Clinical Study | Open Access
Yuan Zhao, Gang Li, Xiang Yu, Ping Xie, "Evaluation of Superselective Transcatheter Arterial Embolization with n-Butyl Cyanoacrylate in Treating Lower Gastrointestinal Bleeding: A Retrospective Study on Seven Cases", Gastroenterology Research and Practice, vol. 2016, Article ID 8384349, 7 pages, 2016. https://doi.org/10.1155/2016/8384349
Evaluation of Superselective Transcatheter Arterial Embolization with n-Butyl Cyanoacrylate in Treating Lower Gastrointestinal Bleeding: A Retrospective Study on Seven Cases
Background. To investigate the safety and efficacy of superselective transcatheter arterial embolization (TAE) with n-butyl cyanoacrylate (NBCA) in treating lower gastrointestinal bleeding caused by angiodysplasia. Methods. A retrospective study was performed to evaluate the clinical data of the patients with lower gastrointestinal bleeding caused by angiodysplasia. The patients were treated with superselective TAE with NBCA between September 2013 and March 2015. Angiography was performed after the embolization. The clinical signs including melena, anemia, and blood transfusion treatment were evaluated. The complications including abdominal pain and intestinal ischemia necrosis were recorded. The patients were followed up to evaluate the efficacy in the long run. Results. Seven cases (2 males, 5 females; age of ) were evaluated in the study. The embolization was successfully performed in all cases. About 0.2–0.8 mL (mean mL) NCBA was used. Immediate angiography after the embolization operation showed that the abnormal symptoms disappeared. The patients were followed up for a range of 2–19 months and six patients did not reoccur. No serious complications, such as femoral artery puncture point anomaly, vascular injury, and intestinal necrosis perforation were observed. Conclusion. For the patients with refractory and repeated lower gastrointestinal hemorrhage due to angiodysplasia, superselective TAE with NBCA seem to be a safe and effective alternative therapy when endoscopy examination and treatment do not work.
Lower gastrointestinal (GI) bleeding is defined as bleeding distal to the ligament of Treitz, ranging from minor, self-limited bleeding to life-threatening hemorrhage . GI bleeding may arise from multifactorial etiologies including diverticulosis, angiodysplasia (AD), neoplasm, and inflammatory bowel disease and it is most common in the elderly. Angiodysplasia is a small vascular malformation of the gut, prevailing in the right colon and cecum. It is a common cause of otherwise unexplained gastrointestinal bleeding and anemia and it increases in frequency with aging. Some cases present subtle blood loss, with the anemia symptoms predominating. Previous reports declared that 3–40% GI refers to angiodysplasia .
The less severe bleeding is fit for colonoscopy diagnosis which is adopted as the diagnostic modality of lower GI hemorrhage widely . However, endoscopic therapeutic intervention only succeeds in a minority of patients [4–6]. The severe bleeding is better evaluated by angiography and managed with embolization. Angiography and embolization with particles are a microinvasive treatment option, which avoids the need for surgery and bowel resection. By using this method, the vessel supplying the angiodysplasia is selectively catheterized and embolized with microparticles. Angiography and transcatheter arterial embolization (TAE) of causative upper GI bleeding are widely accepted, but they have not achieved the same effect for lower GI bleeding [7, 8]. For example, TAE has the risk of intestinal ischemia necrosis for lower GI hemorrhage due to the lack of good artery anastomosis network of lower digestive tract . As far as we know, there is very limited research on treating lower gastrointestinal bleeding caused by angiodysplasia using TAE.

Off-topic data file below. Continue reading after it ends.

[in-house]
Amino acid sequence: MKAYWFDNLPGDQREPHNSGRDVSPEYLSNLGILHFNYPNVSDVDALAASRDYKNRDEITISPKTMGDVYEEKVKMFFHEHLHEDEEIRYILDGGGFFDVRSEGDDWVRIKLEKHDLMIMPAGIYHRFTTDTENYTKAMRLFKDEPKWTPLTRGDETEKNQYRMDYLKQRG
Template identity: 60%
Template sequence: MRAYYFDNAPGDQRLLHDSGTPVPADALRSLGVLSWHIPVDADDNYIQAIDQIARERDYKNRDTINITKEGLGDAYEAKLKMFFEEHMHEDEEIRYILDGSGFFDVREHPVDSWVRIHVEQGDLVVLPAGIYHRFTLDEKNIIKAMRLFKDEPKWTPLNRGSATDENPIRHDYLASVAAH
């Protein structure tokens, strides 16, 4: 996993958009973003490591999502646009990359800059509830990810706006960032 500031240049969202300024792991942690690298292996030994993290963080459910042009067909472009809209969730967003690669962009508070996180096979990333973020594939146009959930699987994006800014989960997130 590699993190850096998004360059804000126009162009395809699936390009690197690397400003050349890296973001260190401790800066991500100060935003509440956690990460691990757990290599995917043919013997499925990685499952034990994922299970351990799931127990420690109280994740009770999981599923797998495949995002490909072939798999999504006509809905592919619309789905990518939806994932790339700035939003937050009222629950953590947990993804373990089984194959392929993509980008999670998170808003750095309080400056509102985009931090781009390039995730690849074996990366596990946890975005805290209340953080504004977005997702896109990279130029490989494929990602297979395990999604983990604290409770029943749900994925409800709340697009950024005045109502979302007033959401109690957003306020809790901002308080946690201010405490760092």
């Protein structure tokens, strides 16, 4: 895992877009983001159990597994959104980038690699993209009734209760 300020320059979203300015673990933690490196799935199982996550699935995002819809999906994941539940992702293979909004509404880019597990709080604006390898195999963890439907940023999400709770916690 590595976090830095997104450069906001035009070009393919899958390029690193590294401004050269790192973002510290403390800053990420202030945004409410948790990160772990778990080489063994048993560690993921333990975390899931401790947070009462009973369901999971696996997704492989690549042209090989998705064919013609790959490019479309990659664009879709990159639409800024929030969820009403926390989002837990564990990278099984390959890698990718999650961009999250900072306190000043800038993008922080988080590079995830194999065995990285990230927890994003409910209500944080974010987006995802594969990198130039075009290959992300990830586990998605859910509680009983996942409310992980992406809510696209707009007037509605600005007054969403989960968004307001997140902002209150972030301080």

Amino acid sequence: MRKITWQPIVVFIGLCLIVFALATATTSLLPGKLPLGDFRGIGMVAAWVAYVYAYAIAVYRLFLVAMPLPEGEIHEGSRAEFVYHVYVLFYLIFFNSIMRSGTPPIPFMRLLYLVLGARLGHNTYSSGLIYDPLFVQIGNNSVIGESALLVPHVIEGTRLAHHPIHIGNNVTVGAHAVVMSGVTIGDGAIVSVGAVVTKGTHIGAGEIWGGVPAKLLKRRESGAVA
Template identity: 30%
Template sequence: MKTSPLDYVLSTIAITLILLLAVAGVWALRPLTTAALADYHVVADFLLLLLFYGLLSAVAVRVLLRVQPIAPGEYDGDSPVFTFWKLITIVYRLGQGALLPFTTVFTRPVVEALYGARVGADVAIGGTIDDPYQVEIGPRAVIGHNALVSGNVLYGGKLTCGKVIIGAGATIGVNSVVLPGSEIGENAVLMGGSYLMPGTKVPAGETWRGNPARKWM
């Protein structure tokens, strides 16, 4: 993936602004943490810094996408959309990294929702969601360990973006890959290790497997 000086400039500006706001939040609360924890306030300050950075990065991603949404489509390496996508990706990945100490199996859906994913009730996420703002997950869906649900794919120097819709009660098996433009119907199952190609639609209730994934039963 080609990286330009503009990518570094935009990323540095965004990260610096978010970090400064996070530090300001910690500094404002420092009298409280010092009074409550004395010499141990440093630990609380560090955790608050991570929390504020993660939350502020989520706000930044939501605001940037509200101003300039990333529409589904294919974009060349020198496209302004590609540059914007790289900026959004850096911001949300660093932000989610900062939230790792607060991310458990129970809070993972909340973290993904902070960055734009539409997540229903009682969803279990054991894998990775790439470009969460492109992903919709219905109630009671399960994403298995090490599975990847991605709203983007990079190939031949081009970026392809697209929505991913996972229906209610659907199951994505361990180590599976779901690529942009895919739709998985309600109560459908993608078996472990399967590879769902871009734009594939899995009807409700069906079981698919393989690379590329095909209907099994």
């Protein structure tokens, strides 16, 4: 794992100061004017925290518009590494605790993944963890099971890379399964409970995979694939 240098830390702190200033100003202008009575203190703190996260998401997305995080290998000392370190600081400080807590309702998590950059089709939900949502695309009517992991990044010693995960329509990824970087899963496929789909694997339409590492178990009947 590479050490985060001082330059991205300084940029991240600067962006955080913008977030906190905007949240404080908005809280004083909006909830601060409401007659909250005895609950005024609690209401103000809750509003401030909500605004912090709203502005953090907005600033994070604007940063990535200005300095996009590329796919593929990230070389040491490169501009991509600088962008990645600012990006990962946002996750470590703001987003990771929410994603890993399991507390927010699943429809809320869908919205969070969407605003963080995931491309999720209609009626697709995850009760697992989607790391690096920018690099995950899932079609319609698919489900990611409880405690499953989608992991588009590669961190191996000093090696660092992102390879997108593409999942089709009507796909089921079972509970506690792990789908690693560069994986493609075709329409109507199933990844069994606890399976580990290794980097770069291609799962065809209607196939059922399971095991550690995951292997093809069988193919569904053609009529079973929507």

The objective of the present study was to evaluate the clinical safety and efficacy of superselective TAE using n-butyl cyanoacrylate (NBCA) gum in treating lower GI hemorrhage caused by angiodysplasia. The patients with GI bleeding and AD were treated with superselective embolization using NCBA and were retrospectively studied. The clinical data including melena, anemia, and blood transfusion treatment were evaluated.
2. Patients and Method
This study was approved by the ethic committee of the hospital and the signed informed consent forms were obtained from all the patients. We performed a retrospective evaluation of clinical data that were collected on the patients who underwent TAE with NCBA between September 2013 and March 2015. The inclusion criteria were patients with chronic repeated gastrointestinal hemorrhage, failing conservative medicine treatment (intravenous administration of somatostatin for 3–5 days), contraindications to surgery, and positive digital subtraction angiography (DSA) with angiodysplasia. The exclusion criteria were multiple vascular malformation, obscure bleeding site, intestinal tumor, and contraindications to angiography.
The clinical symptoms were repeated: hematochezia, hemorrhagic anemia, low level hemoglobin (HGB), and multiple blood transfusions (more than three times). One case (Case ) that was treated with argon plasma coagulation for intestinal angiodysplasia one year ago presented with gastrointestinal hemorrhage. One case (Case ) had been treated with somatostatin and then presented with the above clinical symptoms. The other cases were treated with blood transfusion and other hemostasis before the transcatheter embolization.